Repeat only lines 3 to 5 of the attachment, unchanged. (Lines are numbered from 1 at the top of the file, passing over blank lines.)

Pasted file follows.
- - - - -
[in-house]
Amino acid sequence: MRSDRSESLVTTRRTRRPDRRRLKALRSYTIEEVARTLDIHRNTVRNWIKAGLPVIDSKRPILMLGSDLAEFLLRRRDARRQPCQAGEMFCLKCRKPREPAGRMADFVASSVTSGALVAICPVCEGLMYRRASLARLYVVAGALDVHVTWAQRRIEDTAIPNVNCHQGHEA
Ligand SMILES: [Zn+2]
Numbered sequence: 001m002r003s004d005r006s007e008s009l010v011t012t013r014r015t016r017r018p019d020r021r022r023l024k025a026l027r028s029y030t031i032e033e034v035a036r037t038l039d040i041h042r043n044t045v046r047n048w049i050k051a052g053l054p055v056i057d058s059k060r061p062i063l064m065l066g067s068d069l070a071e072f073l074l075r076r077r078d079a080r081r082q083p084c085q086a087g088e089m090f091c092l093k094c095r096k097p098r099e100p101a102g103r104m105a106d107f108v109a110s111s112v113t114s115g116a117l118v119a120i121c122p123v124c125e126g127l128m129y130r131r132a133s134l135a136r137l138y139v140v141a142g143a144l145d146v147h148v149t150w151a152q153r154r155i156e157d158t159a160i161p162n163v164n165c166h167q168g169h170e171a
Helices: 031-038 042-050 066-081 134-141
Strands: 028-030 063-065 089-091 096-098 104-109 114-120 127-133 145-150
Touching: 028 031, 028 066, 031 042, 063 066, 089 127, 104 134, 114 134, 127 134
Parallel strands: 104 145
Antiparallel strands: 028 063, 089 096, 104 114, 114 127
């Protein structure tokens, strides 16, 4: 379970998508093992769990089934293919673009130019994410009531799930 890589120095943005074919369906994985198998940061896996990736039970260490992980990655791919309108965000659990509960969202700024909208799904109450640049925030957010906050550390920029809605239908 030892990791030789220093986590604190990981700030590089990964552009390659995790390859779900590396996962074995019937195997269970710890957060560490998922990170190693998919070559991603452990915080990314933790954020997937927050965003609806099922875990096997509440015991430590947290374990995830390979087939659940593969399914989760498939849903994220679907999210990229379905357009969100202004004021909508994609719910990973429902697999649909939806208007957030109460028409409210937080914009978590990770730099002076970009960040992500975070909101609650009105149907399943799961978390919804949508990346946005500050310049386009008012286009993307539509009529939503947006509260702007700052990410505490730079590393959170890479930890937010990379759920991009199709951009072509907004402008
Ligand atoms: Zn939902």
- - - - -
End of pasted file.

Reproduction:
Ligand SMILES: [Zn+2]
Numbered sequence: 001m002r003s004d005r006s007e008s009l010v011t012t013r014r015t016r017r018p019d020r021r022r023l024k025a026l027r028s029y030t031i032e033e034v035a036r037t038l039d040i041h042r043n044t045v046r047n048w049i050k051a052g053l054p055v056i057d058s059k060r061p062i063l064m065l066g067s068d069l070a071e072f073l074l075r076r077r078d079a080r081r082q083p084c085q086a087g088e089m090f091c092l093k094c095r096k097p098r099e100p101a102g103r104m105a106d107f108v109a110s111s112v113t114s115g116a117l118v119a120i121c122p123v124c125e126g127l128m129y130r131r132a133s134l135a136r137l138y139v140v141a142g143a144l145d146v147h148v149t150w151a152q153r154r155i156e157d158t159a160i161p162n163v164n165c166h167q168g169h170e171a
Helices: 031-038 042-050 066-081 134-141